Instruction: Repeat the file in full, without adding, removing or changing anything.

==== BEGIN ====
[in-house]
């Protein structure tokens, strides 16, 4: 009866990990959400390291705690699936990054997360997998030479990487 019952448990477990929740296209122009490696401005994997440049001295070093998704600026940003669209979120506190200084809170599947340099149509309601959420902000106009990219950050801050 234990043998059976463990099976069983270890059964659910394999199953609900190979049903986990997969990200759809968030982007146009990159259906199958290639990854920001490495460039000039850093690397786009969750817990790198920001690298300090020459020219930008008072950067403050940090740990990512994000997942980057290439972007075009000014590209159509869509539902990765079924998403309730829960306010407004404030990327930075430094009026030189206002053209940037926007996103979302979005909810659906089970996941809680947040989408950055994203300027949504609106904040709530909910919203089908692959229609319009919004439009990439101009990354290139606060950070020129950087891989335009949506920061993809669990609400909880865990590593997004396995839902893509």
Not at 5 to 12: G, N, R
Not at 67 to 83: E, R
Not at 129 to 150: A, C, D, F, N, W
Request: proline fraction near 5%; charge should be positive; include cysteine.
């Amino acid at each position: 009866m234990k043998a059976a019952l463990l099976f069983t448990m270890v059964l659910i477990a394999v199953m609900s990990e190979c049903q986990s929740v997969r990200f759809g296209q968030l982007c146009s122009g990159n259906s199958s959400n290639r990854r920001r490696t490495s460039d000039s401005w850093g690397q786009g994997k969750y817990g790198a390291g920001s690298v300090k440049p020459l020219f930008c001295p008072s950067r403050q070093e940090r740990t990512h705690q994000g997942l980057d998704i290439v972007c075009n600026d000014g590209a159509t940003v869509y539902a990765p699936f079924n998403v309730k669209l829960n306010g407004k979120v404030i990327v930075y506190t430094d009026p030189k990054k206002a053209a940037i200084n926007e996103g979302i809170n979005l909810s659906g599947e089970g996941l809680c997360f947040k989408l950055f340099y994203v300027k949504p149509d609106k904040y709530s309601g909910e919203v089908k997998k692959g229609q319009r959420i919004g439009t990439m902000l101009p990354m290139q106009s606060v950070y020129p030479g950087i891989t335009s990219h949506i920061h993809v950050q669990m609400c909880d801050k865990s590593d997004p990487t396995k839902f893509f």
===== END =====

[in-house]
């Protein structure tokens, strides 16, 4: 009866990990959400390291705690699936990054997360997998030479990487 019952448990477990929740296209122009490696401005994997440049001295070093998704600026940003669209979120506190200084809170599947340099149509309601959420902000106009990219950050801050 234990043998059976463990099976069983270890059964659910394999199953609900190979049903986990997969990200759809968030982007146009990159259906199958290639990854920001490495460039000039850093690397786009969750817990790198920001690298300090020459020219930008008072950067403050940090740990990512994000997942980057290439972007075009000014590209159509869509539902990765079924998403309730829960306010407004404030990327930075430094009026030189206002053209940037926007996103979302979005909810659906089970996941809680947040989408950055994203300027949504609106904040709530909910919203089908692959229609319009919004439009990439101009990354290139606060950070020129950087891989335009949506920061993809669990609400909880865990590593997004396995839902893509």
Not at 5 to 12: G, N, R
Not at 67 to 83: E, R
Not at 129 to 150: A, C, D, F, N, W
Request: proline fraction near 5%; charge should be positive; include cysteine.
């Amino acid at each position: 009866m234990k043998a059976a019952l463990l099976f069983t448990m270890v059964l659910i477990a394999v199953m609900s990990e190979c049903q986990s929740v997969r990200f759809g296209q968030l982007c146009s122009g990159n259906s199958s959400n290639r990854r920001r490696t490495s460039d000039s401005w850093g690397q786009g994997k969750y817990g790198a390291g920001s690298v300090k440049p020459l020219f930008c001295p008072s950067r403050q070093e940090r740990t990512h705690q994000g997942l980057d998704i290439v972007c075009n600026d000014g590209a159509t940003v869509y539902a990765p699936f079924n998403v309730k669209l829960n306010g407004k979120v404030i990327v930075y506190t430094d009026p030189k990054k206002a053209a940037i200084n926007e996103g979302i809170n979005l909810s659906g599947e089970g996941l809680c997360f947040k989408l950055f340099y994203v300027k949504p149509d609106k904040y709530s309601g909910e919203v089908k997998k692959g229609q319009r959420i919004g439009t990439m902000l101009p990354m290139q106009s606060v950070y020129p030479g950087i891989t335009s990219h949506i920061h993809v950050q669990m609400c909880d801050k865990s590593d997004p990487t396995k839902f893509f």